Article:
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More Thoughts On Launching API Startups

Founding coders can build an API startup using common business concepts

12Oct

My experience at Integrate 2015 got me thinking about how APIs and other elements of the data supply chain can be stand-alone enterprises. I will throw my thoughts from our VC perspectives panel out on the Interwebs to see if any of them stick to entrepreneurs.

The successful API supports an app ecosystem. Other businesses in related sectors code their own apps to share affiliate revenue with the API owner for every transaction their apps process. Airlines and hotels build apps around Uber's API because their customers see value in having a short-haul transportation link. Uber's app ecosystem becomes a durable competitive advantage because the app owners would have to build a whole new app if another virtual taxi company tried to displace Uber. Digital infrastructure like apps impose some switching costs on partners, but those costs are probably not insurmountable for competitors.

One thing making APIs a core business model is the continuing integration of cloud, mobile, and Big Data solutions. Some parts of this convergence are coming along fine, like the analytics suites now part of most middleware. Other parts are not working because venture capitalists have wasted lots of money on startups with lame mobile concepts. Venture funds can force their portfolio companies to pivot from a mobile or cloud solution when something isn't working out. That's how they try to save their investments. Targeting APIs for venture investment means the least successful among them will be candidates for forced pivots.

I like startups that understand Customer Development, the Business Model Canvas, and Cloudonomics. Founders should download those white papers, hit the books, and work the equations. Revising the API business plan after working those three areas shows investors that they take de-risking seriously. Corporate development groups in particular carry marching orders form their enterprise mothership to fund startups that improve their internal KPIs and match their product lines. Startups can use Cloudonomics calculations to prove their APIs are a better investment. Cloudonomics is as compelling for IT as modern portfolio theory is for finance, because it offers a disciplined methodology for allocating limited capital among a potentially unlimited number of investment options.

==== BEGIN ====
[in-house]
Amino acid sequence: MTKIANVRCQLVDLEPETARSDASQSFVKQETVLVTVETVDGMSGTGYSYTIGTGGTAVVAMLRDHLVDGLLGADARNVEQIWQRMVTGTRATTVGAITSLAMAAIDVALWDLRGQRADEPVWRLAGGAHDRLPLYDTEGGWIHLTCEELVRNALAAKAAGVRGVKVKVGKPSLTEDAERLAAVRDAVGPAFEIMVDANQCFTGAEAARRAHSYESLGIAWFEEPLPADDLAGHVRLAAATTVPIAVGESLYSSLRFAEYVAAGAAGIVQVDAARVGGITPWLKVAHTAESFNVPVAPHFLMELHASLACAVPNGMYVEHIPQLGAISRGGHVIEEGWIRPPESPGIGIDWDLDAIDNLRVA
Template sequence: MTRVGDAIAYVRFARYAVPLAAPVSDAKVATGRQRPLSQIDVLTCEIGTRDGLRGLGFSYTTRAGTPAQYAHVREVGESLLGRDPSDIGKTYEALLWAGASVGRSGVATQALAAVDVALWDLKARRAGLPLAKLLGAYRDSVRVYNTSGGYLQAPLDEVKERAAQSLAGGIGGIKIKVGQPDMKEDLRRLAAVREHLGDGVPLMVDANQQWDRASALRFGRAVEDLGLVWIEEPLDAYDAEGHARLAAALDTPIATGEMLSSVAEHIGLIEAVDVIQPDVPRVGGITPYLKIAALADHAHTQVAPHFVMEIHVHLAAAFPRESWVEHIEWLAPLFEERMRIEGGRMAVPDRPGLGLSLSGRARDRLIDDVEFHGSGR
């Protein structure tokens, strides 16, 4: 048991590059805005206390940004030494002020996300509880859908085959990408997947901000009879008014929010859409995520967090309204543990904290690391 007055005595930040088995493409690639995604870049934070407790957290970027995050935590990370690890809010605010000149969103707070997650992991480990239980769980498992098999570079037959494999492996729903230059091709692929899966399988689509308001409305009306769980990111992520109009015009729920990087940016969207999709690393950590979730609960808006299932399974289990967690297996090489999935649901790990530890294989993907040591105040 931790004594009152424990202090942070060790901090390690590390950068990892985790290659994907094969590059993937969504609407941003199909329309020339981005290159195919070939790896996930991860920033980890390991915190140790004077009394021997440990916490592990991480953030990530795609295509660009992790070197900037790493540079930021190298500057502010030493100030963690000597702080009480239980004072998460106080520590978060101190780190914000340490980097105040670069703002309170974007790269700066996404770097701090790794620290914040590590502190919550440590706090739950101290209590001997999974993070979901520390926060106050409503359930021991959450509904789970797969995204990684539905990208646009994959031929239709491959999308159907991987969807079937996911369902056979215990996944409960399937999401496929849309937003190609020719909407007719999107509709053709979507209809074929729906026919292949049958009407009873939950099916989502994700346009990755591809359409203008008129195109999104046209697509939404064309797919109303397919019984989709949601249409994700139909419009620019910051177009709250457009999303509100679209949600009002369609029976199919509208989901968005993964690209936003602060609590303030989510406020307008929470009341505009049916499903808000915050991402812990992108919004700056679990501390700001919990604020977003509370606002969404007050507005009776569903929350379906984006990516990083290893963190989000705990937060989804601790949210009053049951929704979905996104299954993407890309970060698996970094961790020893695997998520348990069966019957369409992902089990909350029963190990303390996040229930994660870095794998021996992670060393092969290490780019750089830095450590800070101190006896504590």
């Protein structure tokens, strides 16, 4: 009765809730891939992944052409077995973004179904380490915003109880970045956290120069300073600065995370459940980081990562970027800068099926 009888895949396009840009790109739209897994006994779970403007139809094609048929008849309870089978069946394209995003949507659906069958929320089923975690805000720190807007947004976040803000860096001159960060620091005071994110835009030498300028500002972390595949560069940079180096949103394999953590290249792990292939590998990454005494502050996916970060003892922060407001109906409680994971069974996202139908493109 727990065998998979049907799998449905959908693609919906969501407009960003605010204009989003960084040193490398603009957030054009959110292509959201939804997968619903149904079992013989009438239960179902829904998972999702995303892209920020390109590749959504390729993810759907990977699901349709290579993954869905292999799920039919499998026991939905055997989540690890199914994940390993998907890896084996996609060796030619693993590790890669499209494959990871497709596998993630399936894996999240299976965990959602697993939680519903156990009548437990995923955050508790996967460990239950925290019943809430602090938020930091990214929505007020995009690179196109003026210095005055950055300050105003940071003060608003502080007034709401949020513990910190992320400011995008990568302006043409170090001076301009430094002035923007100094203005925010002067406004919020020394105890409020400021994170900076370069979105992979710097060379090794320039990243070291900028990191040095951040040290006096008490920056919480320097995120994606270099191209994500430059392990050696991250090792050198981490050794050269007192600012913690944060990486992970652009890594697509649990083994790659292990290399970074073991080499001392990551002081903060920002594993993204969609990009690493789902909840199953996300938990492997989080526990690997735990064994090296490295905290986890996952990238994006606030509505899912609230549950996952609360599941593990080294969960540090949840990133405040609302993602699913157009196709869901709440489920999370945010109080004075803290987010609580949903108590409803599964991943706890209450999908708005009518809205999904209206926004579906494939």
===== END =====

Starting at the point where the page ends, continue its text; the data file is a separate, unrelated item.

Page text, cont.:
I do not like startups that do not understand the new opportunities and risks of raising capital under the JOBS Act. The SEC continues to publish new rules defining what private companies can and cannot do to attract investment. Anything I blogged about in the past regarding crowdfunding will likely be obsolete by the end of 2015 as the SEC finishes its unfinished business. Startups will have to engage competent legal counsel earlier in their development process to understand JOBS Act compliance. Founders must meet all of the SEC's compliance requirements before they appear in front of pitch fest panels or hang pitch decks on crowdfunding portals. No one wants to be shut out of raising capital because they did something noncompliant.

Data sector startups can tell their stories more effectively by having a founding CEO who knows sales. It really is that simple. Technical founders love solving technical problems, but they may not know how to solve problems with financial or emotional components if they have never worked in sales. It goes back to the classic split in startup teams between the scientific co-founder who becomes the CTO and the MBA-type serial entrepreneur who becomes the co-founding CEO.

If I only had so much money to commit to a venture investment, I would prefer Big Data and cloud concepts over APIs or IoT. The industry standards for data and cloud are firmer than those for APIs and IoT, so the durable competitive advantages of a given business model will be clearer where standards are firmer.

No enterprise can ever indemnify itself by outsourcing risk. Trusting an untrustworthy partner brings a boatload of risk assumptions. Outsourcing an API means trusting someone else's coding with no supervisory input. If the API passes dirty or fraudulent data into analytics, the enterprise's compliance regime becomes a target for regulators. Don't ask for trouble by handing off mission critical API management to a third party.

Chew on all that stuff, API people. There's enough genius here for several weeks of boardroom discussions. Barriers to entry in API development are pretty low, just like in gaming, because the only immediate limit is a developer's imagination. The API businesses will be the next big thing in the mobile Big Data cloud.

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